When Doctors Admit Bias, Patients Are More Likely to Trust Them

Angie Fagerlin, Ph.D., chair, population health sciences.

PHOTO CREDIT: University of Utah Health Sciences

Angie Fagerlin, Ph.D., chair, population health sciences.

Medical specialists, not surprisingly, are inclined to recommend treatments and therapies that involve their area of expertise, and patients who learn about such “specialty biases” would be expected to investigate other options for addressing serious health issues.

But researchers from the University of Utah, Cornell University and Duke University found the opposite occurred: When prostate cancer surgeons revealed their biases to recommend an operation instead of two other equally effective options for managing the disease, their disclosures actually swayed a greater portion of men to choose surgery – an unintended result that researchers say physicians need to consider when revealing specialty biases to patients.

In a study that included an analysis of conversations between surgeons and patients and then a follow-up controlled experiment, researchers found that patients who opted for surgery were influenced in two ways: the bias disclosures increased their trust in the surgeons and also convinced patients their surgeons were more competent. But another unanticipated factor also affected the patients’ decisions – surgeons who disclosed their bias also recommended operations more forcefully than those who didn’t disclose bias.

“Disclosing potential conflicts of interest is important, and we believe the surgeons disclosed their biases to earnestly give patients relevant facts to make informed decisions,” says Angela Fagerlin, Ph.D., professor and chair of population health sciences at the University of Utah School of Medicine and an author on the study. “But disclosing bias can raise issues. In this light, we believe such disclosures should be well thought out.”

The study was published in the Proceedings of the National Academy of Sciences online. Sunita Sah, Ph.D., M.D., an assistant professor at the Cornell University Graduate School of Business, is first author, and Peter A. Ubel, M.D., a professor at Duke University’s medical, business and public policy schools, is senior author.

More than 200,000 U.S. males must choose a treatment strategy after being diagnosed with prostate cancer each year. Surgery, radiation therapy and active surveillance, or watching and waiting to see how the disease progresses, are the three most common ways of treating prostate cancer. The researchers hypothesized that patients whose surgeons disclosed bias would perceive their physicians as more trustworthy and competent and the men thus would be more likely to choose surgery. The study took place in two parts.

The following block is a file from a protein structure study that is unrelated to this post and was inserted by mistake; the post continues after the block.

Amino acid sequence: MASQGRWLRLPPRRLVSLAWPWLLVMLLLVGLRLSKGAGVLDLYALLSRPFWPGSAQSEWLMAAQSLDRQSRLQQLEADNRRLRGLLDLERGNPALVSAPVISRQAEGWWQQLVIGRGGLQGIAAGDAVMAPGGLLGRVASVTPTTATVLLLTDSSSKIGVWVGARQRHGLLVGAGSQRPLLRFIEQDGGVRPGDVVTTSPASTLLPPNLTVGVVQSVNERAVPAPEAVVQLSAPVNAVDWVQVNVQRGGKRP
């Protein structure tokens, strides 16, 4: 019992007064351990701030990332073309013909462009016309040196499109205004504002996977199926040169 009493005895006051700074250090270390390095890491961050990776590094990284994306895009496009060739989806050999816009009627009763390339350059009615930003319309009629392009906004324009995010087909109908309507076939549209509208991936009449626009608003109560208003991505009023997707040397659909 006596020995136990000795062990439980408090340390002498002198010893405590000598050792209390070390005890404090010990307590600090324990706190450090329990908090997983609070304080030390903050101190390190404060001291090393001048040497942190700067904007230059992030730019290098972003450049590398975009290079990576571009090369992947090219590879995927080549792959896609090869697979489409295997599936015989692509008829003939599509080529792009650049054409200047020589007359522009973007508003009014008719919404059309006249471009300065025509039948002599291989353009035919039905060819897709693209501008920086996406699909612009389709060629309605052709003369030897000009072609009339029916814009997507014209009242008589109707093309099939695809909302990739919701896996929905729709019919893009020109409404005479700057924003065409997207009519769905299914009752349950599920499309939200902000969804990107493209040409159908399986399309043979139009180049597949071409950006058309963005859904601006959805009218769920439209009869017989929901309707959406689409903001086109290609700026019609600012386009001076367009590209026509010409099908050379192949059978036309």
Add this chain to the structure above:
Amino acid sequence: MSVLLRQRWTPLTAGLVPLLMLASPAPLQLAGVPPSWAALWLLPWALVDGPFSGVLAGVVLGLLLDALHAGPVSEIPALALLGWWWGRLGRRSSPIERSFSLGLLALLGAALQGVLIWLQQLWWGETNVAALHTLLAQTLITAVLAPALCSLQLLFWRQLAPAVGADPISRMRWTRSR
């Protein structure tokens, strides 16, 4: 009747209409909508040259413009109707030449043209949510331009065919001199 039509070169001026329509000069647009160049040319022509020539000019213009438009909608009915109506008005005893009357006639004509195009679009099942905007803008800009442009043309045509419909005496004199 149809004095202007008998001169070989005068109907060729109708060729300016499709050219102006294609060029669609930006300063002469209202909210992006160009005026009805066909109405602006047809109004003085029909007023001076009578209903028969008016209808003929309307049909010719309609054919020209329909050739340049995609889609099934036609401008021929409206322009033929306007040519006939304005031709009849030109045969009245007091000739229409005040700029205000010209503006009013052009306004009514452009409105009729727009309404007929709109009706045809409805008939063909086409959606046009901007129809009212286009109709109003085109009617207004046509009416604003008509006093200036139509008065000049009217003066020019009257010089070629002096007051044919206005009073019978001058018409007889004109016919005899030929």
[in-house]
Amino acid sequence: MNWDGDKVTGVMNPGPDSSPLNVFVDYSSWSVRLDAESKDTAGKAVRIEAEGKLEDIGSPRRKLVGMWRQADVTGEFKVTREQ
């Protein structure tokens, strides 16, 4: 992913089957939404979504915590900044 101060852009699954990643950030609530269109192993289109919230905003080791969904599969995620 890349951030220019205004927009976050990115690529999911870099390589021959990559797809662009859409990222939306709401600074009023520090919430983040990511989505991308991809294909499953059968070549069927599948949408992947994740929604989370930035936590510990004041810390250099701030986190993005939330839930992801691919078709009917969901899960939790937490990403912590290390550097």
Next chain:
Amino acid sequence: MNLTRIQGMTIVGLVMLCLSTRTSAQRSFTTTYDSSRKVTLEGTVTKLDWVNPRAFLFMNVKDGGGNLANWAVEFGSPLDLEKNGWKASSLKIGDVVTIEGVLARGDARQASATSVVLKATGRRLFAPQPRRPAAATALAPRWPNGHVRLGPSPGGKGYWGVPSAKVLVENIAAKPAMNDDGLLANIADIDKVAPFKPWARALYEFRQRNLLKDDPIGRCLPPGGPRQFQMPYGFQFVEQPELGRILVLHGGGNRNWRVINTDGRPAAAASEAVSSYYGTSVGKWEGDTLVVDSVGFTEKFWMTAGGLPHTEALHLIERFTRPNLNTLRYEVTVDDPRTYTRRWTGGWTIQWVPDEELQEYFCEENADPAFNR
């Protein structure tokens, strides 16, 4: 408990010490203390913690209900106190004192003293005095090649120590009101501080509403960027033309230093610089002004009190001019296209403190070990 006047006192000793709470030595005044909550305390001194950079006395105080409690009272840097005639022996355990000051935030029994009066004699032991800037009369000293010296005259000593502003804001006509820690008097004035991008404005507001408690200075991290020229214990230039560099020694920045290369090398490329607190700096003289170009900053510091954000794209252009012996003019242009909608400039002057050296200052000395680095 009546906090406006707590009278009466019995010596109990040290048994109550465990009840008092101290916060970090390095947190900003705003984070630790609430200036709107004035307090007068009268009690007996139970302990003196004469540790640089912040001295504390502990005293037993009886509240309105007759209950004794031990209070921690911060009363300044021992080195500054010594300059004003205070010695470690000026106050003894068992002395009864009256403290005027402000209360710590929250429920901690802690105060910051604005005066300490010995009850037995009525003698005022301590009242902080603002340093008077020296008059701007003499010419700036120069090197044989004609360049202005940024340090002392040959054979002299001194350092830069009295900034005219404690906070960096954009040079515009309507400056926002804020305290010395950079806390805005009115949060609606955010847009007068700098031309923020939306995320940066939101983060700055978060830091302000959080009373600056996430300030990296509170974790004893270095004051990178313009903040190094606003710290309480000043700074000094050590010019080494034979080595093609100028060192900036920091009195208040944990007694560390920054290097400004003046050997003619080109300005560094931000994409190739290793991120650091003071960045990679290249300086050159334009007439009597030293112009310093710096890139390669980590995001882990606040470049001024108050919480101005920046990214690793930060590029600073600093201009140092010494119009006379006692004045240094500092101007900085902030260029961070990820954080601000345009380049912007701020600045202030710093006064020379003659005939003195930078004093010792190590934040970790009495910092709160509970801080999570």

First, Fagerlin collected conversations between 219 men diagnosed with prostate cancer and their surgeons at four Veterans Affairs medical centers. Analysis of the transcripts by Sah, Ubel, and Duke students revealed that 35 patients had conversations in which their surgeons acknowledged a bias to operate. After the consultations, 25 of those 35 patients, or 71 percent, were more likely to undergo surgery.

In comparison, the conversation transcripts revealed that 184 of the 219 men weren’t told about their surgeons’ specialty bias – and in that group, 47 patients, or just 25 percent, were more likely to get surgery. Before their consultations, the men whose surgeons disclosed bias and those whose surgeons didn’t disclose bias displayed no significant difference in whether they preferred surgery.

Even after considering other, “confounding” variables that might influence patient decisions, such as demographics, clinical stage of disease, and preference for shared decision-making, patients who were told of a bias were significantly more likely to choose an operation as those who were not told of a bias.

Next, Sah led a randomized controlled experiment examining whether bias disclosure might cause patients to choose surgery and, if it did, what drove those who heard a bias disclosure to opt for an operation. A group of 447 men who had not been diagnosed with prostate cancer were asked to review clips of an actor portraying a surgeon. The men, similar in age and ethnicity to the VA patients Fagerlin studied, were randomized to one of two groups: one that viewed a clip in which the actor disclosed a surgery bias and one, a control group, that saw a clip in which the actor did not disclose bias. Using statements similar to those made by surgeons in the conversations with the VA patients, the actor described two treatment options to the men: surgery and radiation.

When asked to choose between surgery and radiation, men in the disclosure group were more likely to choose surgery, 74 percent, than in the control group, 64 percent. Those in the disclosure group also acknowledged that their surgeons were more likely to be biased – 66 percent – than in the control group – 40 percent.

The researchers point out that specialty bias occurs in all areas of medical expertise. One survey, for example, found that 79 percent of male surgeons would choose surgery if they were diagnosed with clinically localized prostate cancer while 92 percent of radiation oncologists would choose radiation therapy under the same circumstances.

Specialty bias is unavoidable, and while the practice of surgeons spontaneously disclosing their biases is undertaken in earnest, it may not only be ineffective but actually is likely to backfire on the physicians’ intentions, the researchers concluded.

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